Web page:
The Untapped Potential of Horizontal Private Enforcement within EC Environmental Law
The Georgetown Int'l Enviromental Law Review, Vol. 22, p. 241, 2010
30 Pages Posted: 24 Dec 2008 Last revised: 30 Mar 2011
Date Written: 2008
The premise of the article is that horizontal private enforcement could improve the deterrent effect of public enforcement in cases where there is a low likelihood of public enforcement due to information dissymmetry or funding problems on the side of the public enforcer. In order to illustrate these problems, the first part of the article analyses three common modes of public regulation and enforcement within EC environmental policy. After discussion of the possibilities for horizontal private enforcement of EC environmental law by means of direct effect and consistent interpretation, the Aarhus Convention and the Environmental Liability Directive, it becomes clear that the theoretical potential of horizontal private enforcement has not yet translated into practical application. In the final part of the paper, the author proposes several changes in policy, which would allow the complementary strong points of private and public enforcement to be better used. These policy recommendations include: further research into the complementarities of public and private enforcement; differentiation based on the scale of the environmental problem and the adoption of environmental laws by means of regulations instead of directives.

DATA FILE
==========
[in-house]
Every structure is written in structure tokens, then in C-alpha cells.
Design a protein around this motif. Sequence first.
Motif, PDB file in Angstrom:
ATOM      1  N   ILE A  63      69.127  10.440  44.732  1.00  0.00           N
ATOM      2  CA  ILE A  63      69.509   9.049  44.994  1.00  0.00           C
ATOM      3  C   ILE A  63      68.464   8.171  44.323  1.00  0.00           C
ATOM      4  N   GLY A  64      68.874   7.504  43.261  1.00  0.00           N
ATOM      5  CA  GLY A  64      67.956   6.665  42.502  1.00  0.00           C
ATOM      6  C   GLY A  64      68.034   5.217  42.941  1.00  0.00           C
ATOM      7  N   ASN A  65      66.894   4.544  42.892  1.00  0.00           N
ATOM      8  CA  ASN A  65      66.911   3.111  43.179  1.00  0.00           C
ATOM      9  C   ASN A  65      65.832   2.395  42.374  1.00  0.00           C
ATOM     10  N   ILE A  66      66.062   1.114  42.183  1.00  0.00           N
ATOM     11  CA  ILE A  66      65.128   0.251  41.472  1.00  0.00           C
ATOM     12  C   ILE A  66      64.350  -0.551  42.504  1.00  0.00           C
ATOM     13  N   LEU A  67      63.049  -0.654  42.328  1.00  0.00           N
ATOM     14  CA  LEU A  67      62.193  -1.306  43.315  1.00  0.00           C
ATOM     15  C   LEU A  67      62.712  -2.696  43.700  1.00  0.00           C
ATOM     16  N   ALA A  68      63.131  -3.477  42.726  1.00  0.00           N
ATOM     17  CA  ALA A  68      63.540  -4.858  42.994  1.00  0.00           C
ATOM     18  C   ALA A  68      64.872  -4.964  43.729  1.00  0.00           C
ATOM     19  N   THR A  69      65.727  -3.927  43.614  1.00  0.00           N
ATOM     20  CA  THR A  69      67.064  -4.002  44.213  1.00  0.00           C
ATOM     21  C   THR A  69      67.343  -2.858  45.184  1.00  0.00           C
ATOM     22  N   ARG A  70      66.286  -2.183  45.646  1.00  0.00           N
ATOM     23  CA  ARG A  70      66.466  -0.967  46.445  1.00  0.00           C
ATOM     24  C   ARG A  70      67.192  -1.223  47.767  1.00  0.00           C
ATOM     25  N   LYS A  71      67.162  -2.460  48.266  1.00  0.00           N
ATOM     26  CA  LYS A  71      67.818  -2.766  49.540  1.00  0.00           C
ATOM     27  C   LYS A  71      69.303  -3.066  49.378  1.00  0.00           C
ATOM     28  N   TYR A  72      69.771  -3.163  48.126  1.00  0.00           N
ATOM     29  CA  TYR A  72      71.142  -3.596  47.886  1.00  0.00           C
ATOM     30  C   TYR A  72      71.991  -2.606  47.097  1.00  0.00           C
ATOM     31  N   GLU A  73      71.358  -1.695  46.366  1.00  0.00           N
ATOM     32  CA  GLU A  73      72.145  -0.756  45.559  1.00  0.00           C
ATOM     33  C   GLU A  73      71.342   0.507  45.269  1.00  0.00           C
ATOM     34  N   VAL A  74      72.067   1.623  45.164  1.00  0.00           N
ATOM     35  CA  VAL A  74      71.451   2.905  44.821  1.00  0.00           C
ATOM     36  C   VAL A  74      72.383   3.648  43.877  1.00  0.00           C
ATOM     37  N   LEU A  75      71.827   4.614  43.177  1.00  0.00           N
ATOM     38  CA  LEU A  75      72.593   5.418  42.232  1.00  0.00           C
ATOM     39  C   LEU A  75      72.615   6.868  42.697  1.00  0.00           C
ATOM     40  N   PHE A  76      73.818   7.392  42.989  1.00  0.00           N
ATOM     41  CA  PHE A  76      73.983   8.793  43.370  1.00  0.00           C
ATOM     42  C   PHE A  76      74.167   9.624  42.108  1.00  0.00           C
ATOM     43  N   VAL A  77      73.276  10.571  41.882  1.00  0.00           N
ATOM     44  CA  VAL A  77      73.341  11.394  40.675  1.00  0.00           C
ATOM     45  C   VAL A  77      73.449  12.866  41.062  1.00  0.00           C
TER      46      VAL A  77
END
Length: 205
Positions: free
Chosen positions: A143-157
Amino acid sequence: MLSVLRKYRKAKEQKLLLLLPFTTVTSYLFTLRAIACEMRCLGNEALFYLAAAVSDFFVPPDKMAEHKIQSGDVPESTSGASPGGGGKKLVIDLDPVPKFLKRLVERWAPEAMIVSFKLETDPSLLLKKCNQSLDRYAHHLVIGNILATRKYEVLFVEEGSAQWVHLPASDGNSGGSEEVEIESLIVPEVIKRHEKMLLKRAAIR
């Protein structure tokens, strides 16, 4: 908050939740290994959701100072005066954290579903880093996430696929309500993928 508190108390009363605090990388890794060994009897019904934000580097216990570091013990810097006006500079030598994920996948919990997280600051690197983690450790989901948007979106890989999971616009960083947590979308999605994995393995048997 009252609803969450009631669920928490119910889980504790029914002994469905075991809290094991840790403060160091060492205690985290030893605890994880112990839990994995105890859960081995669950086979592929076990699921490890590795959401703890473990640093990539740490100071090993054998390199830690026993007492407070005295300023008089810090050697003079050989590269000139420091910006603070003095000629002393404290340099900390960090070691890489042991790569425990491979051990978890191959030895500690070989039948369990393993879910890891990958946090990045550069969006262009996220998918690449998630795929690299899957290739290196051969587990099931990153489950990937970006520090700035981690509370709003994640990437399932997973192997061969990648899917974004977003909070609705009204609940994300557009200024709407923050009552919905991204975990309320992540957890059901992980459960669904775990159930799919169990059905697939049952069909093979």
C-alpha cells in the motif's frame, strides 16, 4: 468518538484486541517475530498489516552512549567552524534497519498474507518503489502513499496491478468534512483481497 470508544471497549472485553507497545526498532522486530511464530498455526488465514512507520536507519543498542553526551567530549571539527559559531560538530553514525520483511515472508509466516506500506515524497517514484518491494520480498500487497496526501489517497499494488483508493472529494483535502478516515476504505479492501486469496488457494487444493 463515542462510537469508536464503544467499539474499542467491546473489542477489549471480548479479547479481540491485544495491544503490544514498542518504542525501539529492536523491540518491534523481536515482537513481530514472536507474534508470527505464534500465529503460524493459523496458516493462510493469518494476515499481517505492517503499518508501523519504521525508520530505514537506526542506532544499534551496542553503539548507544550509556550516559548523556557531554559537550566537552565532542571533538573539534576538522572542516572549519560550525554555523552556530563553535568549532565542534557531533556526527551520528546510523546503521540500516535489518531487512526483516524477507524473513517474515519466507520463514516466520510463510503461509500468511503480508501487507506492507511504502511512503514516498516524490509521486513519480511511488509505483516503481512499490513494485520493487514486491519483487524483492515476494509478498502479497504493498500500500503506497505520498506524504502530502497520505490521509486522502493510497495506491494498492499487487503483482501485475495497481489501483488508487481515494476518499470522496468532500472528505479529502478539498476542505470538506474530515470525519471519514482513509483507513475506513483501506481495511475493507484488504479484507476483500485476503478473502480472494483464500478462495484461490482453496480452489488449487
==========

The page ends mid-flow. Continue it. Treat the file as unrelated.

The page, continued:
Keywords: Public regulation, Private (horizontal) enforcement, European Environmental Law, Aarhus Convention, Environmental Liability Directive
JEL Classification: K32, K33
Suggested Citation: Suggested Citation